NEW YORK — If you’re looking to throw someone a big surprise party this summer, you may want to rethink that. According to a new survey of 2,000 Americans, when it comes to surprises, 52 percent believe the best kinds of surprises are small gestures.
It seems most folks are simply happier getting a thoughtful gift or treat, whereas bigger surprises are less welcome.
The results reveal that this negative sentiment is even more relevant during the summer. The survey finds 59 percent agree that the best memories they have of summer often feature small, surprising moments, as opposed to big, shocking ones.
Conducted on behalf of Bubbies Ice Cream by OnePoll, researchers asked Americans what surprises they’re looking forward to this summer. One in three (34%) think a surprise “sweet treat in the afternoon” would be enough to brighten their day.
When it comes to surprise summer treats, ice cream tops the list as the nation’s favorite summertime treat (75%). Those who like surprises were slightly more likely to choose ice cream (78% vs. 71%) — and they were also more likely to say ice cream makes them happy (81% vs. 69%).
“Ice cream is essential for any hot day — whether that’s in the form of a cone or something perfectly portioned and a little less messy like mochi ice cream,” says Katie Cline, Vice President of Marketing at Bubbies Ice Cream, in a statement. “Many of our favorite summer memories are spent on the beach or by a lake with friends, eating ice cream with our loved ones, or enjoying other treats to sweeten up our life.”
Best summer surprises
Beyond a treat in the afternoon, respondents add they would look forward to other surprises during the summer, including a vacation (50%), taking a trip to the beach (41%), and having “a quiet afternoon to myself” (40%).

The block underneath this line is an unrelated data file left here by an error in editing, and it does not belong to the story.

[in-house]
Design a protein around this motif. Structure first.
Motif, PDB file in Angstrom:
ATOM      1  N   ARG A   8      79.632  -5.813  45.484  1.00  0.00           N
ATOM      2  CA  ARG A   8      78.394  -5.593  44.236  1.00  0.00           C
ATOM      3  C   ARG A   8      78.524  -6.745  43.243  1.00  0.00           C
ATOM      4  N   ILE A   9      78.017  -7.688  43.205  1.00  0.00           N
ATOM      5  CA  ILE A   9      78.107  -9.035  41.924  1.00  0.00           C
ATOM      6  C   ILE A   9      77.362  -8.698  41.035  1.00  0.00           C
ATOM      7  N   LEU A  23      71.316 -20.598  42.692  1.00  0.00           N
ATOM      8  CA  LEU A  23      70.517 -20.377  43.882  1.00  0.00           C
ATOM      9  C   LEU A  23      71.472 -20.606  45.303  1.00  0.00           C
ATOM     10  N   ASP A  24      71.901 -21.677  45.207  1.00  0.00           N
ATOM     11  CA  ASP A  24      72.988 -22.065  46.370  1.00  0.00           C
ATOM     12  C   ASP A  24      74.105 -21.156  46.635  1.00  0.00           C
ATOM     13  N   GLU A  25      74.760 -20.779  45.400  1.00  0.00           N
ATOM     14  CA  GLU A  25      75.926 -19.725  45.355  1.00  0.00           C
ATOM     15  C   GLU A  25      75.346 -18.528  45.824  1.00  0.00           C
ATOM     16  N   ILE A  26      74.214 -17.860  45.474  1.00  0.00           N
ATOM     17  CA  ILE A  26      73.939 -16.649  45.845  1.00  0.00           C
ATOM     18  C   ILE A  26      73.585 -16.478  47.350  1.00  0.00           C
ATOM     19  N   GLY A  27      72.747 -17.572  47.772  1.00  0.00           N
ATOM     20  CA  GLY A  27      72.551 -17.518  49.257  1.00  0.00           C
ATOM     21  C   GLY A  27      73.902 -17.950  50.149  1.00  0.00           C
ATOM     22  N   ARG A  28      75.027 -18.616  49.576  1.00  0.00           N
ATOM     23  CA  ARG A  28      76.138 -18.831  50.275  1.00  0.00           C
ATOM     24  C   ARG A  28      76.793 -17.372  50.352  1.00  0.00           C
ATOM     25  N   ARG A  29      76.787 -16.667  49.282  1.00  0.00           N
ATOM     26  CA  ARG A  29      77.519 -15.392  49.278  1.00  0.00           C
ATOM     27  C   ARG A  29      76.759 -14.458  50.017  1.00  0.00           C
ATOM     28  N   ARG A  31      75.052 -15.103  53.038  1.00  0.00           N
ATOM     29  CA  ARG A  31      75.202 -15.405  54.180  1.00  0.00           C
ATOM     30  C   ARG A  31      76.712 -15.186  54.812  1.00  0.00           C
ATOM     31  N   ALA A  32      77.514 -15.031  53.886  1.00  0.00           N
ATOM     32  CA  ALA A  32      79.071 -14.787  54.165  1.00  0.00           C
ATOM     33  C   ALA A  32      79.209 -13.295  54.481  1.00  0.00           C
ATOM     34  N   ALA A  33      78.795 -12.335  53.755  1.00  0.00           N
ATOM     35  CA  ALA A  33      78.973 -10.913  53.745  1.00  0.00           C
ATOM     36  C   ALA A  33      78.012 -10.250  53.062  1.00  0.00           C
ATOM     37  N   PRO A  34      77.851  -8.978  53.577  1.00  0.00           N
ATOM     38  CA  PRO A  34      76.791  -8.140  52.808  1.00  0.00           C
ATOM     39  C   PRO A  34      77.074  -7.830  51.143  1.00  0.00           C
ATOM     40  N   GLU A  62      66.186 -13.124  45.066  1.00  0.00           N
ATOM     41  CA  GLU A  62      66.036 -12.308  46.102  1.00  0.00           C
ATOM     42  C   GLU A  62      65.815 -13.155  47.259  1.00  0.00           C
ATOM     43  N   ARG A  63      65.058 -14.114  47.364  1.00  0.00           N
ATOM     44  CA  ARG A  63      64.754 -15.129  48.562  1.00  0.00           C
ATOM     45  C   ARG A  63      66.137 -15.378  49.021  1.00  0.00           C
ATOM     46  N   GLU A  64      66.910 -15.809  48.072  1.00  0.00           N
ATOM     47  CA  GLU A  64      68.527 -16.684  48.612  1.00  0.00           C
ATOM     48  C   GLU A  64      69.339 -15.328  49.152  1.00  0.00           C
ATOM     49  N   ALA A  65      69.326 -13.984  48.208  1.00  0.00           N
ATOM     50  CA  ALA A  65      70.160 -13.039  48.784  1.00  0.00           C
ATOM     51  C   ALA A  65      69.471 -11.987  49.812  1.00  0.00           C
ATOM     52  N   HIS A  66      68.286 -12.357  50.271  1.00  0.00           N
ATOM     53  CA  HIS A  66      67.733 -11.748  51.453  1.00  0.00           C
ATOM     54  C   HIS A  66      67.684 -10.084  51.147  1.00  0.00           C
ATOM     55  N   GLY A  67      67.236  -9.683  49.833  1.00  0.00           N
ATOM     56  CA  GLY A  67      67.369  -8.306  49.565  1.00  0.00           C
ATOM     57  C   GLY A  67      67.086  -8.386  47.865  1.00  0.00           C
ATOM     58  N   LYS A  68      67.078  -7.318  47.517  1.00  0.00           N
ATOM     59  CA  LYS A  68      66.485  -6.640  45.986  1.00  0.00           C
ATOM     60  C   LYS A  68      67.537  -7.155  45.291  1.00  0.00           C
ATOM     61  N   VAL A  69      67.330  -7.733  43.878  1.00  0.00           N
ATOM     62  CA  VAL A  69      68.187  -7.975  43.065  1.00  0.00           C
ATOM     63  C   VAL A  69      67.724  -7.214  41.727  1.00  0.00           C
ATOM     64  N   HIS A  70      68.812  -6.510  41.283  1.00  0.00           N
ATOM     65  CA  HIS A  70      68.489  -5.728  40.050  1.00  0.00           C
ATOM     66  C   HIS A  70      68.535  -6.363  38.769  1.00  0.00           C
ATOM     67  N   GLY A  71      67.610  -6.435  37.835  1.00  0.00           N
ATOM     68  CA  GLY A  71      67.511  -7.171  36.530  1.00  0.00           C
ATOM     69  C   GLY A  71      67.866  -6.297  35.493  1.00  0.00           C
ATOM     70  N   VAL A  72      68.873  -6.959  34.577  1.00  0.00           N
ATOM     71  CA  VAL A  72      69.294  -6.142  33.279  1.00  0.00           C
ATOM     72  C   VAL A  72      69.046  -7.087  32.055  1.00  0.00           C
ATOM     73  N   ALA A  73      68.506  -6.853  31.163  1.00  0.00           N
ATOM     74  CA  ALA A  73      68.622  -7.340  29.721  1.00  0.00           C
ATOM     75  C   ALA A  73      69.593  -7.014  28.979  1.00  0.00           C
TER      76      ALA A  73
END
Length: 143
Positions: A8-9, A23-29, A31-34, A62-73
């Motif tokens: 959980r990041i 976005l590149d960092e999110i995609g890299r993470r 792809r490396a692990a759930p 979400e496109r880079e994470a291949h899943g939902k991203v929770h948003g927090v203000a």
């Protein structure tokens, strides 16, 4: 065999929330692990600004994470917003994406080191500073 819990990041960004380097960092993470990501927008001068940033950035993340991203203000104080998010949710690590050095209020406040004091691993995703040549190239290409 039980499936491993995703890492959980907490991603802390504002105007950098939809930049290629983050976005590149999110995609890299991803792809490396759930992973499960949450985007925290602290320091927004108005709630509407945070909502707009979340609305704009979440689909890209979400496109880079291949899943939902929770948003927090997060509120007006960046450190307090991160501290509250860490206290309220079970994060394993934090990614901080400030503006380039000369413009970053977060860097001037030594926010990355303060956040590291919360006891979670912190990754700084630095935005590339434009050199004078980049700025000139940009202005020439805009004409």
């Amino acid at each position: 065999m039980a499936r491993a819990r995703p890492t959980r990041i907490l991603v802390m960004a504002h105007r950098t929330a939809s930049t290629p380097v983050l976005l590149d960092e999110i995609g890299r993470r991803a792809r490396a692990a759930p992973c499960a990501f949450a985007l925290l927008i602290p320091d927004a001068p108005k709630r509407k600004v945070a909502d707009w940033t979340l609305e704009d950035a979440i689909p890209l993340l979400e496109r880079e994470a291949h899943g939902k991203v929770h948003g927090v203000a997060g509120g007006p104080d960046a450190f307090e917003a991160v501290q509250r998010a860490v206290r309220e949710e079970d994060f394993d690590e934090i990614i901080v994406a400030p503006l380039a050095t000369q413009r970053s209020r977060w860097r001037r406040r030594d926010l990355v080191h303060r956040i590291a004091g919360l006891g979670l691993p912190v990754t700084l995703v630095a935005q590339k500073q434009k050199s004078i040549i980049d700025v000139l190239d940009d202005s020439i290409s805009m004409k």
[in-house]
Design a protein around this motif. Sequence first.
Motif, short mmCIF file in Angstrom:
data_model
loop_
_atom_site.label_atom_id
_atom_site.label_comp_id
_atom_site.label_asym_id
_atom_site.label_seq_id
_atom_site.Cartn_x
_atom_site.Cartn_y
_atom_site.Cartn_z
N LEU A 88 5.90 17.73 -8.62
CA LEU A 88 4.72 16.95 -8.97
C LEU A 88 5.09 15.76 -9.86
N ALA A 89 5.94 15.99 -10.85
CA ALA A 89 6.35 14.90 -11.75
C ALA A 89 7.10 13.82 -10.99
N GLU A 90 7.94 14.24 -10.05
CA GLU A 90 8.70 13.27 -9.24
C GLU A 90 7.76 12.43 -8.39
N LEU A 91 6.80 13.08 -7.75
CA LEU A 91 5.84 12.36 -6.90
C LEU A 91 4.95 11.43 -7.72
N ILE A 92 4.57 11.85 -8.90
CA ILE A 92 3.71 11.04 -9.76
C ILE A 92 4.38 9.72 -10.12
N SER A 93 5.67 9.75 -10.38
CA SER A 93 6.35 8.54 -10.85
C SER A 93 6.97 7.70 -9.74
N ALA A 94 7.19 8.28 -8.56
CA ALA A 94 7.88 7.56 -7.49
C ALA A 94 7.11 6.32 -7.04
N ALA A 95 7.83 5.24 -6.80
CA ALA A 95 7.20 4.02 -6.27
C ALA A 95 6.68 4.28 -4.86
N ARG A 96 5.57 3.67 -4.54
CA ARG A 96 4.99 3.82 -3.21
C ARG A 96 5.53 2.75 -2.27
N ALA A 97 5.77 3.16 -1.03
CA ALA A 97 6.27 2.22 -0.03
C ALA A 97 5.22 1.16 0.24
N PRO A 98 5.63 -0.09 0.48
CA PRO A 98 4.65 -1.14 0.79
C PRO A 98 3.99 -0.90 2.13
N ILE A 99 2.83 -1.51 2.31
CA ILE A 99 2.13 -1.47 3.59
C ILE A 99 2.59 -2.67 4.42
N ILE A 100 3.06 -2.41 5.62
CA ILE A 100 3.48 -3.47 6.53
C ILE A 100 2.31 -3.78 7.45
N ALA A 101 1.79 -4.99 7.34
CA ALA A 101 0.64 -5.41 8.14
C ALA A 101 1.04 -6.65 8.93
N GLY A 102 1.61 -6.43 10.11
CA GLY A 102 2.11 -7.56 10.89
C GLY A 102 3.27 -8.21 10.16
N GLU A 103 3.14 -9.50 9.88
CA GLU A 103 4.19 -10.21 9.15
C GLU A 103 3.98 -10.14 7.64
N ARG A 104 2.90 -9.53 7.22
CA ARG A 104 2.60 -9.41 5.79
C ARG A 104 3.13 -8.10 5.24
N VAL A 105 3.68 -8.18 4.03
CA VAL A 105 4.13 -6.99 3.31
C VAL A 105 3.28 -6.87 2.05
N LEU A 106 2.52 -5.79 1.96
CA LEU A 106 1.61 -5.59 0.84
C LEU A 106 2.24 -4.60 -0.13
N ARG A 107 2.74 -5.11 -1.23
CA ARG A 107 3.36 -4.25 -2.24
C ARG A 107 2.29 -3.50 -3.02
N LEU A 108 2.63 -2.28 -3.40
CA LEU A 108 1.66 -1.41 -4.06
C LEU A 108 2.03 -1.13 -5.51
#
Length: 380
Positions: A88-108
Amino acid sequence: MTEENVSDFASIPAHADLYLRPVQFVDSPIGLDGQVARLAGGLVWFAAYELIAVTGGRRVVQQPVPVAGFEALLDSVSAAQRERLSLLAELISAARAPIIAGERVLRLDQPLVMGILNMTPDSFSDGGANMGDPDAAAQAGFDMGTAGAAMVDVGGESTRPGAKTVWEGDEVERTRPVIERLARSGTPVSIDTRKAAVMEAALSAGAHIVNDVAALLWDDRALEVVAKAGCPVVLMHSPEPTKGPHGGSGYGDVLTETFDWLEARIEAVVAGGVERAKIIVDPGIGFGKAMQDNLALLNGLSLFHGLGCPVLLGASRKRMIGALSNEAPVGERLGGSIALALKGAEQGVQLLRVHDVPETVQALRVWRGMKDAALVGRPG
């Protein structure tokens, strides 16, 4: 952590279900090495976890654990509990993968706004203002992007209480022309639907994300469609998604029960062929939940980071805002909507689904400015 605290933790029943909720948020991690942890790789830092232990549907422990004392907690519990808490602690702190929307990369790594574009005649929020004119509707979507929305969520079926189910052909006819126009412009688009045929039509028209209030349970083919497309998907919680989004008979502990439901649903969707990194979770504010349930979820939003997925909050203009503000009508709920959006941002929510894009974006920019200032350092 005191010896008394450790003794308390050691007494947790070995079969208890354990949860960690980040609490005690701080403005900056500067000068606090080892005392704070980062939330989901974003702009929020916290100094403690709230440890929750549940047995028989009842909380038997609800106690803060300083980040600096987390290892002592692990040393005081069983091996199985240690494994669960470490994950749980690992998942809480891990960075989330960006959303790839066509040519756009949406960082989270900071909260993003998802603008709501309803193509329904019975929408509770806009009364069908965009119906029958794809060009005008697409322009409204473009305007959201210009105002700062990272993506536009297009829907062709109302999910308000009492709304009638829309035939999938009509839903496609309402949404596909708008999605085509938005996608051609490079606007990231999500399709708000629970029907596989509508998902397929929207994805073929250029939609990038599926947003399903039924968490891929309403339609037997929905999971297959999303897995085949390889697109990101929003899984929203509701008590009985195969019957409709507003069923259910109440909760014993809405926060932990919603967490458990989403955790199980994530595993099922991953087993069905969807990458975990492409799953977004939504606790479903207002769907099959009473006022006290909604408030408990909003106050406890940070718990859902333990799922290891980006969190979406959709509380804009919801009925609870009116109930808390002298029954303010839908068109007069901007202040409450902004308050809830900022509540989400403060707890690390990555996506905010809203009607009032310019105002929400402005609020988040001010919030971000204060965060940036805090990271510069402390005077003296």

Those who do like surprises are more likely to look forward to a vacation, while those who dislike surprises say a quiet afternoon is the top surprise they’d like over the summer. Perhaps that’s not surprising, as the survey also examined the personality differences between those who like surprises and those who don’t. Results reveal those who enjoy surprises are more likely to be outgoing people.
The survey also finds those who like surprises are more adventurous (41% vs. 22%) and more spontaneous (27% vs. 16%). On the other hand, those who aren’t fans of being surprised are slightly more likely to identify as sarcastic (38% vs. 35%) or anxious (38% vs. 34%).
Regardless of Americans’ feelings toward surprises, researchers discovered something else interesting. It turns out both groups would rather plan the surprise than be the one getting surprised.
“During the summer, why not surprise a loved one with something small — maybe you take a trip to one of their favorite places or bring them their favorite dessert,” says Cline. “It’s clear that for most people, small surprises, like a thoughtful gift or sweet treat, are the most meaningful. And this summer, that’s especially true as we are more able to appreciate the small things that many of us may have missed over the past year.”